The Dog Days of (Freaking Out) Are Over

Updated: Jul 2, 2018

The 4th of July is all about fireworks, grilled noms, and a panicked last-minute scramble through your closet to find a red/white/blue outfit suitable for a BBQ party. Independence Day is a fun summer break for us, but can seem like the end of days for the pups in our lives. According to the SPCA, there is a 30% increase in lost pets each year between July 4th and 6th, with the 5th being the busiest day of the year for shelters.

To help prepare our pooches for the holiday, we sat down with Teacher’s Pet Dog Training owner, Nicole Berthiaume. As a certified professional dog trainer with 17 years of experience, Nicole’s dealt with many an anxious dog (and owner!), so we knew she’d have the best advice for ensuring a safe July 4th (or, as our dogs Dudley and Fox refer to it “ArmageddonOhMyGodTheWorldIsEndingTimeToPoopOnTheFloorAndHideUnderTheCouchWhyIsThisHappeningToMeWhereIsMyMomIsSheOkayWHYYYYYYYYY”).

How can you prepare your pet for the 4th?

If you know your dog has a fear of fireworks, there are a few things you can do in advance to help get them cope:

1) Buy a calming pheromone-based plug in diffuser. There are several brands of these available at pet stores and on Amazon. The synthetic pheromone in the diffuser mimics the pheromones mother dogs emit when nursing their puppies to comfort them. These plug-ins do help, but the time it takes for them to be effective can vary. I have seen some dogs react to them almost immediately, whereas others need at least 3-4 weeks of exposure before there is a notable difference. They may not noticeably help dogs with very extreme fear.

2) Try a Thundershirt or snug t-shirt/sweater. The idea is that the dog feels ‘’swaddled’’, giving them a sense of security. For years before the Thundershirt came on the market, trainers would wrap nervous dogs up in Ace bandages like a mummy for the same effect.

3) Create a ‘’Zen room’’ for your dog to hang out in on the 4th. Many dogs who are afraid of loud noises will hide in a small space during a thunderstorm or fireworks. My Mom’s Pekingese used to hide in her closet; I have a photo of just his little rear end sticking out where the door was slightly open! Small, cave-like spaces are comforting for some dogs, which is why enjoy being in their crates. A space away from windows is ideal, so the sounds of the fireworks are as muffled as possible. A fan or white noise machine can help mask the sound.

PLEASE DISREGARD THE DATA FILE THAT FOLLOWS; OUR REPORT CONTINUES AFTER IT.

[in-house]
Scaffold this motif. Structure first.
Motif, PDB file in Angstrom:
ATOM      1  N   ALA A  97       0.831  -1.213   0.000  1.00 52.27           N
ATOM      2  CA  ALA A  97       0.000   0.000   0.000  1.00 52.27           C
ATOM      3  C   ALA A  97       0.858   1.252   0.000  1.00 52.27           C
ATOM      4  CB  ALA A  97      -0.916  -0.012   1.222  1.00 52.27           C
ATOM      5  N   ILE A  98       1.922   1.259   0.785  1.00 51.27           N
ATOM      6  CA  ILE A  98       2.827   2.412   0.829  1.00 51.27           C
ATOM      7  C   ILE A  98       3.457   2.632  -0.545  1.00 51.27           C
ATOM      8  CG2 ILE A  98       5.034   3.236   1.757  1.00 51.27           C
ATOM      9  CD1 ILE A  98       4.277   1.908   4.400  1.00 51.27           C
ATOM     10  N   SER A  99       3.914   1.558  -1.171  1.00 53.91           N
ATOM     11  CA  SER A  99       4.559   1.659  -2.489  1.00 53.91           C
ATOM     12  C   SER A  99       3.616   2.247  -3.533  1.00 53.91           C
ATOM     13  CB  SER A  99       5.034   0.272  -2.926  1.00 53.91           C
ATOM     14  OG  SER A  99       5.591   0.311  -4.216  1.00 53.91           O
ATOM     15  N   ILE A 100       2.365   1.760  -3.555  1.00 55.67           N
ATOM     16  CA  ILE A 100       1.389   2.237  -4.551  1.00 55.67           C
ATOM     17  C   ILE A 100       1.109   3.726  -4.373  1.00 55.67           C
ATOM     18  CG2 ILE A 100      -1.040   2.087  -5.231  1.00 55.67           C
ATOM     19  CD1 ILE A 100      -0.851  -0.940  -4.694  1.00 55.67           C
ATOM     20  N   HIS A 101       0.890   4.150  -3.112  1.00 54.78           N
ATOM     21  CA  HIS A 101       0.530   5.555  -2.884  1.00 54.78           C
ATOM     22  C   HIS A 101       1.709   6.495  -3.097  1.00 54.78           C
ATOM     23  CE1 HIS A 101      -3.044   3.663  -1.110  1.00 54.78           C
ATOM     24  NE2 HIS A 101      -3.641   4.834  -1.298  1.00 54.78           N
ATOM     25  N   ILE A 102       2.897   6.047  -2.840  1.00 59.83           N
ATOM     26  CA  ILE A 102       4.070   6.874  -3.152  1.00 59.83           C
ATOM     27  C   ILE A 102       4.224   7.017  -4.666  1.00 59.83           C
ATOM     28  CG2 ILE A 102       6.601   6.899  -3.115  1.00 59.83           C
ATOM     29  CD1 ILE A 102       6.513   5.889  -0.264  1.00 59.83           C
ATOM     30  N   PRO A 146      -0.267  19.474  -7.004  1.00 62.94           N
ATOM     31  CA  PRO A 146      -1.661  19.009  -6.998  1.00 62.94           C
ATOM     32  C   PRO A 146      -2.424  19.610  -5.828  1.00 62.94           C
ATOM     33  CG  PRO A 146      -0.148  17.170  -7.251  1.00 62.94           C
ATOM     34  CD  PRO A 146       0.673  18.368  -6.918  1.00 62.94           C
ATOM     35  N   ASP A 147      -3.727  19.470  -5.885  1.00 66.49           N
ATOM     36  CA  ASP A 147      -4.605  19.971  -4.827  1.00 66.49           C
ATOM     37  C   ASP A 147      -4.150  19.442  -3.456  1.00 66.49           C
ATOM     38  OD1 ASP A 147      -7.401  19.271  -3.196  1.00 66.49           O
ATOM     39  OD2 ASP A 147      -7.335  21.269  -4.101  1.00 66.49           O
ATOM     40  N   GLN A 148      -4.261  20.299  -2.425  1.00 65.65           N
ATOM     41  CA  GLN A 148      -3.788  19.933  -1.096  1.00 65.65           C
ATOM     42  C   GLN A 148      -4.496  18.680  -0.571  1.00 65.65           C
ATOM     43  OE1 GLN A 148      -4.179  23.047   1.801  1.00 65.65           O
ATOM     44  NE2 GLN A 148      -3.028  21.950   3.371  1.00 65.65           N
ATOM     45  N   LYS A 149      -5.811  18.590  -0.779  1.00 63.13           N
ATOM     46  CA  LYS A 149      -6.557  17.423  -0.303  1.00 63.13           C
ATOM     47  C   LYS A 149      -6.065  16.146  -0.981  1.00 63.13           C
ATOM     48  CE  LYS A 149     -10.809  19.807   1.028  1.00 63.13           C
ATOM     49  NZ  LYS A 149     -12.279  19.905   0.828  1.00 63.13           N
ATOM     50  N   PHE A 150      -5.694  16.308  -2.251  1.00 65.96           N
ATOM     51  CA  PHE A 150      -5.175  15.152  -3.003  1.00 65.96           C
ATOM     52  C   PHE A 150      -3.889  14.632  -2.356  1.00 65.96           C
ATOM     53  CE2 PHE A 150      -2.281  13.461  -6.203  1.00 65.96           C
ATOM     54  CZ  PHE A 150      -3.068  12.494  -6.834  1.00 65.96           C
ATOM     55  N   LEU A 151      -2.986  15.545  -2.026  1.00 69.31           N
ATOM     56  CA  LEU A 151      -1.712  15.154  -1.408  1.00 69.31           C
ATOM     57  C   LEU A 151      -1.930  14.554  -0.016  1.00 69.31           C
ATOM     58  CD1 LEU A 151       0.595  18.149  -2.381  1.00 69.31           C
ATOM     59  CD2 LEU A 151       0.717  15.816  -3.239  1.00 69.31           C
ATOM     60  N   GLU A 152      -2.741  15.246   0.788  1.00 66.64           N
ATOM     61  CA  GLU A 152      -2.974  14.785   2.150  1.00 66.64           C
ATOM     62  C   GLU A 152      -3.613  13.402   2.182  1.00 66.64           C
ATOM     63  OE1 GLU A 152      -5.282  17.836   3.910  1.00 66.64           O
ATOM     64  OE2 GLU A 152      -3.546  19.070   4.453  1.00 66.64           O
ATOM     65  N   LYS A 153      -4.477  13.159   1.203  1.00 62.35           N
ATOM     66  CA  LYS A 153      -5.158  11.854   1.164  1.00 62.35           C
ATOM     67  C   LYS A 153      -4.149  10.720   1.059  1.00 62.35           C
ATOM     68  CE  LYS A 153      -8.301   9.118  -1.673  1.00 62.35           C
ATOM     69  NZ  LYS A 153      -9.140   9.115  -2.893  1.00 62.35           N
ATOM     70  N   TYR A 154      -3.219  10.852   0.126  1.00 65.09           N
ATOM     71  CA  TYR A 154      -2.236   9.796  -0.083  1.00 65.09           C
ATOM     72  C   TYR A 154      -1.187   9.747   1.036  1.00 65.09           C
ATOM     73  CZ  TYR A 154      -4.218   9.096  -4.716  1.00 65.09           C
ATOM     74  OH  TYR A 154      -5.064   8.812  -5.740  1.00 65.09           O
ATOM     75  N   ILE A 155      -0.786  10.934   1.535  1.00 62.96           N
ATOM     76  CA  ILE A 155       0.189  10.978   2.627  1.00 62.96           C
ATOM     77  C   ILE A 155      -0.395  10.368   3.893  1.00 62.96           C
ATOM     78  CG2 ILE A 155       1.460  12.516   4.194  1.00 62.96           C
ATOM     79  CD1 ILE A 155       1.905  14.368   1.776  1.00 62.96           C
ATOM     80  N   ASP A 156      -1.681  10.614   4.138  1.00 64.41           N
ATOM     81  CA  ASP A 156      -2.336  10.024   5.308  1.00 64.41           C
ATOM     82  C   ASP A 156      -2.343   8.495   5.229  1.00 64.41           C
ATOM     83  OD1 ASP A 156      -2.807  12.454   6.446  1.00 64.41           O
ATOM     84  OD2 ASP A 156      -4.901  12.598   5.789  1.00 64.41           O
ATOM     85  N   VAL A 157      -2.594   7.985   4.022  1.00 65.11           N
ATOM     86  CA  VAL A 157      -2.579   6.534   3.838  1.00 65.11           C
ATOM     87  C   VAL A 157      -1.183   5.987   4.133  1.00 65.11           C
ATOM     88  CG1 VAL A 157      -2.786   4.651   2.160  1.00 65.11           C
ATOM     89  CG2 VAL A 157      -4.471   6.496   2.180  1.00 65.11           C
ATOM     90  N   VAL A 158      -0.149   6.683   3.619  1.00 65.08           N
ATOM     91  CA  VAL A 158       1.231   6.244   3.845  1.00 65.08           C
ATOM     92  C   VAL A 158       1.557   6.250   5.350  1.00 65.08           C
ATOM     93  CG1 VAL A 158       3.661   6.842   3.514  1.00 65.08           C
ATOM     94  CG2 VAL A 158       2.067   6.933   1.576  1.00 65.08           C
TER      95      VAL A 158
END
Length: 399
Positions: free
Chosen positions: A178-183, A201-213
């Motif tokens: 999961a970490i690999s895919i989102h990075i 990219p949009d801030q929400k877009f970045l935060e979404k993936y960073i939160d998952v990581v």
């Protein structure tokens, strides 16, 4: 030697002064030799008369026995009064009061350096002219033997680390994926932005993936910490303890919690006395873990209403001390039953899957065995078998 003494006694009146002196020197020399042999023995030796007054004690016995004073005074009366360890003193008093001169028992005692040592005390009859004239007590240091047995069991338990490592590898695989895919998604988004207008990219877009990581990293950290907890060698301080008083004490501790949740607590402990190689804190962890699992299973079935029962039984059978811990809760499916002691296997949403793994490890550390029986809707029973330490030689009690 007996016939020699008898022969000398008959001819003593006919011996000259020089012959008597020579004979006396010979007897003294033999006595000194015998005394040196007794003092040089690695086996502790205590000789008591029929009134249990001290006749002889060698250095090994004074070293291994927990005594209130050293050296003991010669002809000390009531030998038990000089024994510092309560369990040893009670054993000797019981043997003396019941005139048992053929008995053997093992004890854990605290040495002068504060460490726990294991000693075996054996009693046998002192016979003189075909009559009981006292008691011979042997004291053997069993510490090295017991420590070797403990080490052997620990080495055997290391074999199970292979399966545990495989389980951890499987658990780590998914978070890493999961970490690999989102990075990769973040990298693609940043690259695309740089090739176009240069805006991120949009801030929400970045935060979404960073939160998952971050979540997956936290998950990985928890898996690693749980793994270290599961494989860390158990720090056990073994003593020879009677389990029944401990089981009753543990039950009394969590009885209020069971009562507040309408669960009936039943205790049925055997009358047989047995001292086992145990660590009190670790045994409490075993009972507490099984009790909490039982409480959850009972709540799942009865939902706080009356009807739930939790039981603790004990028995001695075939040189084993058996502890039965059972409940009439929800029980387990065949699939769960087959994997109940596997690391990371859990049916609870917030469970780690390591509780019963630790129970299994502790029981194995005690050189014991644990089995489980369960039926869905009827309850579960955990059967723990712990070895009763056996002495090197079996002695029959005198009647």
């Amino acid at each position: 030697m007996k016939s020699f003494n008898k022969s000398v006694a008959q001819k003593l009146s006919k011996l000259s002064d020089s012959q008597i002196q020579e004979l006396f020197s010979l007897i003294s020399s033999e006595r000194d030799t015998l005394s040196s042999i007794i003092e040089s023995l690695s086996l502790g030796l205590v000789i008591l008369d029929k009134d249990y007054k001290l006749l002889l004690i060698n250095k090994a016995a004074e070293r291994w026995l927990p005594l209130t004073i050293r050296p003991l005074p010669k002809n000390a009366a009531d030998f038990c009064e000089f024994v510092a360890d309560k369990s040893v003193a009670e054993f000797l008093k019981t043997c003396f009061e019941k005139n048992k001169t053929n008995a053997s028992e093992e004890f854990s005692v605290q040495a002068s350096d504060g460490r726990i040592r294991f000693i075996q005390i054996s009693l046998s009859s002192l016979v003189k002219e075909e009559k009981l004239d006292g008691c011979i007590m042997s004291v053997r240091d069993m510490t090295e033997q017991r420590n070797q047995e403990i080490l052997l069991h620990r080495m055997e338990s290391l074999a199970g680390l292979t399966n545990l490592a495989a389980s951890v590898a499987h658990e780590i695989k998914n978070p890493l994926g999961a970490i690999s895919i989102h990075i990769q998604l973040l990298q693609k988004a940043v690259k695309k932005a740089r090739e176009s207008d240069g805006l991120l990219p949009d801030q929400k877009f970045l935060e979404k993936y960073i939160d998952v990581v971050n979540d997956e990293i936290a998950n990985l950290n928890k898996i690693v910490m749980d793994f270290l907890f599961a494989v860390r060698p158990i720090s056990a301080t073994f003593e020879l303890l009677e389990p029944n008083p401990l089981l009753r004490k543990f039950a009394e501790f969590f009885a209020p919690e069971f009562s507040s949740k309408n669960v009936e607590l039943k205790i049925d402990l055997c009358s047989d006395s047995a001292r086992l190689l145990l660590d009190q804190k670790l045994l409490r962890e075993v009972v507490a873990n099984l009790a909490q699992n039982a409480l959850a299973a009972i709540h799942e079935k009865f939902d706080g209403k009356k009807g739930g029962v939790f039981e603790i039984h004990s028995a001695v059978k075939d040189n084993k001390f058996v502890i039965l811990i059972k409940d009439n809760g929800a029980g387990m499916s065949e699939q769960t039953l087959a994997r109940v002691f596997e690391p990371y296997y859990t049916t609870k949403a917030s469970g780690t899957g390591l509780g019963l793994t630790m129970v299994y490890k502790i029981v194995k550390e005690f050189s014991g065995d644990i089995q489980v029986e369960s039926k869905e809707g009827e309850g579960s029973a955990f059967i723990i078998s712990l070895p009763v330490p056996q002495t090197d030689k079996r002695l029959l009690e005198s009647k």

What reactions are normal for a pet to have during fireworks?

Some dogs (who have perfect hearing) have absolutely no reaction to loud noises. My last dog had zero reaction to fireworks, storms or even earthquakes, but would howl like a tiny 10-lb. wolf when he heard a baby crying. Dogs commonly howl when they hear loud noises, others may shake, cry or hide. Some dogs will pant and drool excessively when they are afraid. In extreme cases, dogs may run to try to ‘’escape’’ the noise. At many shelters, July 5th is known as ‘’D Day’’ by the staff because of the massive influx of escaped pets who fled out of fear through a door or gate left open during a 4th of July celebration. If you’re having guests over, it’s always important to make sure your dog does not have access to any gates or doors that may be inadvertently left open by a guest.

Sometimes people misinterpret a pet’s behavior. How can we actually tell that they are calm or anxious?

Sometimes anxiety cues are not as obvious as shaking and crying. To us humans, anxious dogs sometimes look ‘’cute’’: their eyes are big and wide, and they’re panting with short, shallow breaths, which can look like they’re ‘’smiling’’. If you know your dog and this is not normal behavior for them, they may be experiencing anxiety.

Our instinct is to often hold a pet if they’re anxious. Is this right way to calm down an upset pet?